The terrain immediately changes as the trail is now extremely rocky. It’s almost as if the rocks are meant to deter you from continuing on, but press on, friends.
At this point, the trail is adjacent to the riverbank, so you can walk right up to toss stones in or let your dog get in a refreshing swim.
Interestingly, the trail name also changes from the Potomac Heritage Trail to the North River Trail. It’s going to change again in .1-mile, so don’t blink or you will miss the change.
In a few more steps, the trail splits in two. You may wonder which trail to choose, but it doesn’t matter. The trail on the right dead-ends at the far parking lot for Great Falls Park.
From here, a short spur trail leads you to the trail you did not choose (well, the one that we didn’t choose). It’s the Patowmack Canal Trail and it leads you to the Great Falls overlooks.
As you get closer to Great Falls, you’ll walk alongside a burbling stream, then at the 1.45-mile mark a wooden bridge guides you over this relaxing water feature.
At the 1.65-mile mark, you reach the Great Falls Visitor Center (which unfortunately is closed at this time).
From here, continue on to the three dramatic overlooks. All three are worth exploring, offering different views of the falls.
I started with the third overlook, which has two viewing platforms and a very cool flood pole indicating high water marks from years past.
Often – especially on weekends – you will see colorful kayaks and adventurous kayakers navigating the rapids down below.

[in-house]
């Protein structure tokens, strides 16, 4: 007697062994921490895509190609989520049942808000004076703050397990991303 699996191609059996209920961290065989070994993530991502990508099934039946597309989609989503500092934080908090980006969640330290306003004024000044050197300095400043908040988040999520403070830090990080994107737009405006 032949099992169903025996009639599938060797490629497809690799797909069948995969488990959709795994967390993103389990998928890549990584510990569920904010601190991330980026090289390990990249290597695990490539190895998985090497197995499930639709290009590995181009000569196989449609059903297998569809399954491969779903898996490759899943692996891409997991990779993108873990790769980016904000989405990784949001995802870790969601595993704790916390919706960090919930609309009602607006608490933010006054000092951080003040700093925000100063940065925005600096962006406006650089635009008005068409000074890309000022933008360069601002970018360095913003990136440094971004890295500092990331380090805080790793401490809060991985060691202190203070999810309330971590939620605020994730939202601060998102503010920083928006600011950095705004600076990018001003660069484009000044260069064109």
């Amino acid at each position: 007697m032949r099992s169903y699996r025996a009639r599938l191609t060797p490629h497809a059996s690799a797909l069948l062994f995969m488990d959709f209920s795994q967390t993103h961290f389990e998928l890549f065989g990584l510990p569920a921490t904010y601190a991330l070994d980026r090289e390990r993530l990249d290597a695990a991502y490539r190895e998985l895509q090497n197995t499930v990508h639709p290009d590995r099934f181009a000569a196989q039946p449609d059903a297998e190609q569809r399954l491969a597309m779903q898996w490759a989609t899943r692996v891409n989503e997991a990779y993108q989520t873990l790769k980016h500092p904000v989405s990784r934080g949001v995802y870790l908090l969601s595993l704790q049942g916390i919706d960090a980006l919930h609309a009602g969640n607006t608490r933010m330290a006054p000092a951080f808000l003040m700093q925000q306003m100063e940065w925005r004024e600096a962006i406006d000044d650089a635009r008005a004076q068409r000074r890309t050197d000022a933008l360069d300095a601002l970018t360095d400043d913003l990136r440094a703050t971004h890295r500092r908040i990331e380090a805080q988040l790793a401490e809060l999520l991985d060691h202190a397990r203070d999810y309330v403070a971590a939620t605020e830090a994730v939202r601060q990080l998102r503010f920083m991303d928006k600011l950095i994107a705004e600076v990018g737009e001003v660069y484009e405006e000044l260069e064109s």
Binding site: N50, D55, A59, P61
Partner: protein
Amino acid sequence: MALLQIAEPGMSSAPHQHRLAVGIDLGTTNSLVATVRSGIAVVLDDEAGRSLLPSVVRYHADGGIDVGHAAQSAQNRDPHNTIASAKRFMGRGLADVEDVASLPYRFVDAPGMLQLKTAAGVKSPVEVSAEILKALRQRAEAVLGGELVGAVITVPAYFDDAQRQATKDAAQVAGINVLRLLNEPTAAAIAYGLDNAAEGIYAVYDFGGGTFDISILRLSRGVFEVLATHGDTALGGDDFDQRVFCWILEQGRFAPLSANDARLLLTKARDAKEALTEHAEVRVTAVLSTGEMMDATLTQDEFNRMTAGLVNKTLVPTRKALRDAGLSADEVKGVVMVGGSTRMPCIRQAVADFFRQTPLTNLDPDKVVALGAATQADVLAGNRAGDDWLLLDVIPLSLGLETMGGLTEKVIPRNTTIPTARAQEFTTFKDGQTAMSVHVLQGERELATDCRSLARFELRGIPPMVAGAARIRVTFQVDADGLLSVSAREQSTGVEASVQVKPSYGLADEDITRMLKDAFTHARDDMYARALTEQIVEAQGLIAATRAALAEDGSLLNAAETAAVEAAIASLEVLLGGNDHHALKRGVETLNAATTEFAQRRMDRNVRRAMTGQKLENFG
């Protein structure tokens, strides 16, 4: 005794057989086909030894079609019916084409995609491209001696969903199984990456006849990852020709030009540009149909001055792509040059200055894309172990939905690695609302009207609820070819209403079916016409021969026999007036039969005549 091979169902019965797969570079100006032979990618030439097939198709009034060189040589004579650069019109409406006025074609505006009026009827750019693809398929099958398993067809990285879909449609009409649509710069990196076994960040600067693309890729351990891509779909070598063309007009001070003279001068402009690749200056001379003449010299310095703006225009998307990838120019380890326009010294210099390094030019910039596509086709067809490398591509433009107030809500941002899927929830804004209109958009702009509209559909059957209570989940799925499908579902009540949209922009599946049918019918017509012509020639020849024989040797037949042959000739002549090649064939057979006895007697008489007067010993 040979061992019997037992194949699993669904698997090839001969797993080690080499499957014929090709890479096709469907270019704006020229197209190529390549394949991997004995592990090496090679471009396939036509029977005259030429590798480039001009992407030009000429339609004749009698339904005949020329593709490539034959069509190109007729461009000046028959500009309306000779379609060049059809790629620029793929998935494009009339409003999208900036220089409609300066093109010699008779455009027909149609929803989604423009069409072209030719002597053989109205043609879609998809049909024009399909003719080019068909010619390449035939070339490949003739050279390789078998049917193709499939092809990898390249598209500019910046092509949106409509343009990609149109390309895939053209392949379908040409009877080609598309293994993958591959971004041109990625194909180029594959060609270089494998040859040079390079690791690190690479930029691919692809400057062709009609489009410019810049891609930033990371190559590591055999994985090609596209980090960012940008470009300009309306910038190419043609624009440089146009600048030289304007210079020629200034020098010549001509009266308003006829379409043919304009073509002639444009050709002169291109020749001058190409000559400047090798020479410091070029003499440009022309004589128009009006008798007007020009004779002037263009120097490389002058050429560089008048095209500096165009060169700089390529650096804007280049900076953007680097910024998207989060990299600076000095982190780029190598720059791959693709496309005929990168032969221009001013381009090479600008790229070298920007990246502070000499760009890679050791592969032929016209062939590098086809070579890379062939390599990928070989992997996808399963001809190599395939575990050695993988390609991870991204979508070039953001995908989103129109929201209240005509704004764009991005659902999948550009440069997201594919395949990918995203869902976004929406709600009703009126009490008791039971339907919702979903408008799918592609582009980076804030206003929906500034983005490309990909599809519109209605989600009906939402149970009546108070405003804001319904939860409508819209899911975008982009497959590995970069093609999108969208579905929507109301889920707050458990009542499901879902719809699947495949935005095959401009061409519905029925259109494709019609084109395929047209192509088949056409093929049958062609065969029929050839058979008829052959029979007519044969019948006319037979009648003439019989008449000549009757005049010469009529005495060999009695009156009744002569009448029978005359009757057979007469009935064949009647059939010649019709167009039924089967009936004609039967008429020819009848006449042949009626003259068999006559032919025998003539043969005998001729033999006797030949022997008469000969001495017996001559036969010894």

I personally found the most exciting overlook for kayaker-watching to be the first overlook. Here you can watch them paddle very narrow waterways.
From the third overlook, you’ll re-trace your steps to Riverbend Park.
If you arrive at lunch, there is a large green space and plenty of picnic tables adjacent to the overlooks. On weekends, you may find a food truck, too.
For a longer hike, walk past the third overlook at Great Falls Park to pick up the River Trail. From here, you can continue hiking alongside the Potomac River.
This will create a two-mile mini loop with plenty of forest and water views before returning to Riverbend Park.
For a shorter hike, savor the waterfall views at the Washington Aqueduct Dam, then re-trace your steps to the parking lot for a refreshing 1.8-mile out-and-back hike.
From the parking area, this hike took us 1 hour, 35 minutes to complete. There is plenty to explore at both parks and lots of picnic tables, so no need to rush.
It’s worth noting that if you decide to do this hike in reverse, starting at Great Falls Park, the Great Falls entrance fee is $20 per vehicle.
On busy days, the park may also shut down the entrance when the lot is full. There are restrooms adjacent to the visitor center at both parks.
At Riverbend Park, look for comfy Adirondack chairs on the second story that may beckon you to come to sit for a spell. At this park, you’ll also find kayak and canoe rentals.
One last side note, while we did this hike the day after a rain, we did not find any part of this trail to be especially muddy or impassable despite being at river level.
Certainly there were puddles and muddy patches, but it was easy to walk around each one.